But there are some necessary warnings before you collect. First, be sure of your plant identification—there are toxic plants that grow around here, some of them deadly. Second, do not gather from roadsides or other areas where plants may have been sprayed with pesticides. Third, taste teas in very small
quantities to begin with until you know how you will react—individuals vary in allergies and digestive tolerances to any new food or drink. Fourth, don’t drink large quantities of a favorite until you have researched the constituents and know they are safe on a daily basis—like most everything else, variety and moderation are key. And last, don’t harvest plants from public lands without proper permits, or
private lands without permission—and gather in ways that do not damage plant populations.

Some teas to try... (check a wildflower guide for ID help.)

Snowbrush Ceanothus velutinus

Snowbrush is common in dry sunny clearings. It has shiny evergreen leaves, available all year, and creamy flowers in June. It is also known as mountain balm, sticky laurel, wild lilac, and Oregon tea—which hints at its use as a tea plant. The leaves can be used anytime for fresh tea, but for best flavor, gather while flowers are in bloom, dry, and use like black tea.

Engelmann Spruce Picea englemannii

Gather the fresh young needles that grow from the tips of branches in spring for the best tea (with a bit of a cola flavor.) Needles can be used either fresh or dried, a tablespoon or more to a cup of boiling water.

Oregon Grape Berberis

Gather ripe berries, rinse, and simmer with a little added water until fruit breaks up. Crush and strain, sweeten to taste, refrigerate, and use as a concentrate for cold drinks. The new, soft leaves can be also dried and brewed for a faintly lemon drink.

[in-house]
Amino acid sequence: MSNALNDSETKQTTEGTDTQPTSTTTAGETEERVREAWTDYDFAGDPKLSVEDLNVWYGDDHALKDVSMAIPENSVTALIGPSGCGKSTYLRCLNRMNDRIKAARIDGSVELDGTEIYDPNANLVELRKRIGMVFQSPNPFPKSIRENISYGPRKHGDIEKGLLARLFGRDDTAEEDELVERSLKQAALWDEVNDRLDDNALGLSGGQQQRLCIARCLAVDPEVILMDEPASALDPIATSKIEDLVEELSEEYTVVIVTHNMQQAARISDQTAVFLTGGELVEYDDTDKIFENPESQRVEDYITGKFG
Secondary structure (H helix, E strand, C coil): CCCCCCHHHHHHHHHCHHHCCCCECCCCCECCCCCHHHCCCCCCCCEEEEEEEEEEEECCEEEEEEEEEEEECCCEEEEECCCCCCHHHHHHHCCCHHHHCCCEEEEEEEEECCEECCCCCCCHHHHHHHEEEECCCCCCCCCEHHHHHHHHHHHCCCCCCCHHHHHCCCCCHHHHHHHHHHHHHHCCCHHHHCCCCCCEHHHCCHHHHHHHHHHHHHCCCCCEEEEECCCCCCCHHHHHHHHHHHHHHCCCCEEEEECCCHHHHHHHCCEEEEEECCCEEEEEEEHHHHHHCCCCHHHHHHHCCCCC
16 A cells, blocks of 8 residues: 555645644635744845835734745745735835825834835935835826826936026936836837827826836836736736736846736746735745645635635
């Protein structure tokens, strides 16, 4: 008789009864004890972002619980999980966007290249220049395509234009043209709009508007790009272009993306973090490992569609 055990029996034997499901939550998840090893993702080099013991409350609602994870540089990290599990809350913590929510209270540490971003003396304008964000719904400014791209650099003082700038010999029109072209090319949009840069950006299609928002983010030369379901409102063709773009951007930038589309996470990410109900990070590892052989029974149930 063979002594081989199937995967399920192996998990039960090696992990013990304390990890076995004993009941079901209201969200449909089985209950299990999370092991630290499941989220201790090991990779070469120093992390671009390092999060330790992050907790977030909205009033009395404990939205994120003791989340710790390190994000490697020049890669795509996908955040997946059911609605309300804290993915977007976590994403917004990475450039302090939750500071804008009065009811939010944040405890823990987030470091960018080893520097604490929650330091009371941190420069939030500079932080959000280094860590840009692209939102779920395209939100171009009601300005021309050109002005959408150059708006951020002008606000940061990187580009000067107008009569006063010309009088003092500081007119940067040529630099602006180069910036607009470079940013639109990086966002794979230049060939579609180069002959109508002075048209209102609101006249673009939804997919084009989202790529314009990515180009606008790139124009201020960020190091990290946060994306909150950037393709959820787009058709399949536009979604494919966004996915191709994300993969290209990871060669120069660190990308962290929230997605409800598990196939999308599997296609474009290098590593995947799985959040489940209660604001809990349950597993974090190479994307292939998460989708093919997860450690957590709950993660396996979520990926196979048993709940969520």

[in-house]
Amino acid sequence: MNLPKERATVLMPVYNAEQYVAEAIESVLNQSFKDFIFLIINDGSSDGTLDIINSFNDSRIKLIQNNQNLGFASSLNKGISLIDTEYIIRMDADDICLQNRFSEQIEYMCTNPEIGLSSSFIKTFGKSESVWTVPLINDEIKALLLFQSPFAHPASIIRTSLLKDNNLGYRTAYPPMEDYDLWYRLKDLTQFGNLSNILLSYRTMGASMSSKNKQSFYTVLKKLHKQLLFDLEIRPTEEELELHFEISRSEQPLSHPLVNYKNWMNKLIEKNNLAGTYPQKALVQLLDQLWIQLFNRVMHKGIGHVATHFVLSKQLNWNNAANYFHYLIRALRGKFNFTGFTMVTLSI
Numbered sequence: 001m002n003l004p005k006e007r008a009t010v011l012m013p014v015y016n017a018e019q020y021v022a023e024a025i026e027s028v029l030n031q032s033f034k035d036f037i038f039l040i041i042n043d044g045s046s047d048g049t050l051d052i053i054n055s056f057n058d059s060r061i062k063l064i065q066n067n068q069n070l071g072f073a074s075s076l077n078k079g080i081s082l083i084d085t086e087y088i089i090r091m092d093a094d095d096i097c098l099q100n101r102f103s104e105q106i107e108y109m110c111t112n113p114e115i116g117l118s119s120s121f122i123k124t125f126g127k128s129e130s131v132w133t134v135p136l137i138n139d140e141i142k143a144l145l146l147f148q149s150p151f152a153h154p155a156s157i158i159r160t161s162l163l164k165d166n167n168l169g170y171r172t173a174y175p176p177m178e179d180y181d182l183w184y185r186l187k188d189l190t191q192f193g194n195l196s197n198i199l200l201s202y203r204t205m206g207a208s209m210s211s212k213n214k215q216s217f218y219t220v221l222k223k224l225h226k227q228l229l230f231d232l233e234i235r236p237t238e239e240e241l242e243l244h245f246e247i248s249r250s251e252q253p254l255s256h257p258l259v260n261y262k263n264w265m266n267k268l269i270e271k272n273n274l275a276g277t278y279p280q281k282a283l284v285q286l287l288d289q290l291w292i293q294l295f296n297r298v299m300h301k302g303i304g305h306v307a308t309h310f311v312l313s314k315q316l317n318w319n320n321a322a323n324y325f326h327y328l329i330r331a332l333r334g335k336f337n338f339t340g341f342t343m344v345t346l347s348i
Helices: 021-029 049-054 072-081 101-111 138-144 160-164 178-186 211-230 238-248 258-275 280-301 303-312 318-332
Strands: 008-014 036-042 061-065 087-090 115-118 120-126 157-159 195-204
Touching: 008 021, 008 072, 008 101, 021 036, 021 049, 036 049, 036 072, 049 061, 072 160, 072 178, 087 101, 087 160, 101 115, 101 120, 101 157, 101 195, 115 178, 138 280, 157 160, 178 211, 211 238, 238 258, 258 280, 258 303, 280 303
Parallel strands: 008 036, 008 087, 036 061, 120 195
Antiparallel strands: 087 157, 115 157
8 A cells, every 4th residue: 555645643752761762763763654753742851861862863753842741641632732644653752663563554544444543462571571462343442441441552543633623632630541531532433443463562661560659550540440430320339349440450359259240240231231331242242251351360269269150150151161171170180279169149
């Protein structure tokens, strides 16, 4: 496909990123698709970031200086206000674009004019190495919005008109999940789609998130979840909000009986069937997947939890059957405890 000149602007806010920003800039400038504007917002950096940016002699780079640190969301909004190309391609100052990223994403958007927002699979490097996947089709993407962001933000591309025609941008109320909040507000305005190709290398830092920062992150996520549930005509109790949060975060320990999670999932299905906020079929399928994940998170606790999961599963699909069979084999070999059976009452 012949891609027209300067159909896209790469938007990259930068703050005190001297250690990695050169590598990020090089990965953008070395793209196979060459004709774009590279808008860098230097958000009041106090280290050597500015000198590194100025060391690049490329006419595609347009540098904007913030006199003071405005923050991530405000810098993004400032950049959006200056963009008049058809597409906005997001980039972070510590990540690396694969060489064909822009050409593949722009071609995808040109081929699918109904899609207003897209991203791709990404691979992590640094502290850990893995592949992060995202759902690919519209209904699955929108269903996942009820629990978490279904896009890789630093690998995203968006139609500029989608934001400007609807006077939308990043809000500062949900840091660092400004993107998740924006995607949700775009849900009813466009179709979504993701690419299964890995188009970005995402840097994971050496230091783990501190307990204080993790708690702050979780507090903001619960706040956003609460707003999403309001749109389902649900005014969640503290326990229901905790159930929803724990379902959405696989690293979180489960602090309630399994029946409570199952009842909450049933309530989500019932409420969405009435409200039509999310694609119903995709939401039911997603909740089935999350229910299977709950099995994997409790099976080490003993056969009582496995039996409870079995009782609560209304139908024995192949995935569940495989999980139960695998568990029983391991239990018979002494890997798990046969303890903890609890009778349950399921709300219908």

Western Larch Larix occidentalis

Also known as tamarack, this is our only deciduous conifer—it’s the one whose needles turn gold and light up our October hillsides. Pick the knobby spur branches, each with a cluster of needles, and brew fresh for a resinous and pungent-scented tea.

Kinnikinnick Arctostaphylos uva-ursi

An evergreen groundcover, Kinnikinnick has pink, bell-like flowers in June that mature to shiny red berries in late summer. It is a dual-purpose plant. The berries can be simmered, mashed, and juice extracted for a cold drink concentrate. The leaves, with high tannin content, can be dried for a flavorful tea. (But don’t drink in quantity for an extended period, and don't drink while pregnant.)

Yerba Buena Satureja douglasii

This trailing member of the mint family is easily confused with twinflower, another common forest dweller. It can be distinguished by its white flowers and the minty, citrusy smell of a crushed leaf. Long used by Wilma’s mother as “Indian tea,” it has become one of our favorites. Carol thought she had never seen the plant before Willie showed her some; now she finds it is all over her place. Funny how that works… The leaves are most flavorful fresh, but can also be dried for a year-round taste of summer.

Sources:
Stewart, Hilary. Drink in the Wild. Douglas & McIntyre, Vancouver, B.C. 2002
Parish, Roberta, Ray Coupe and Dennis Lloyd. Plants of Southern Interior British Columbia. Lone Pine Press, 1996
Vance, Nan C., Melissa Borsting, David Pilz, and Jim Freed, 2001 Special Forest Products--Species Information Guide for the Pacific Northwest Pacific Northwest Research Station  PNW-GTR-513.  Available online at www.fs.fed.us/pnw/pubs/gtr513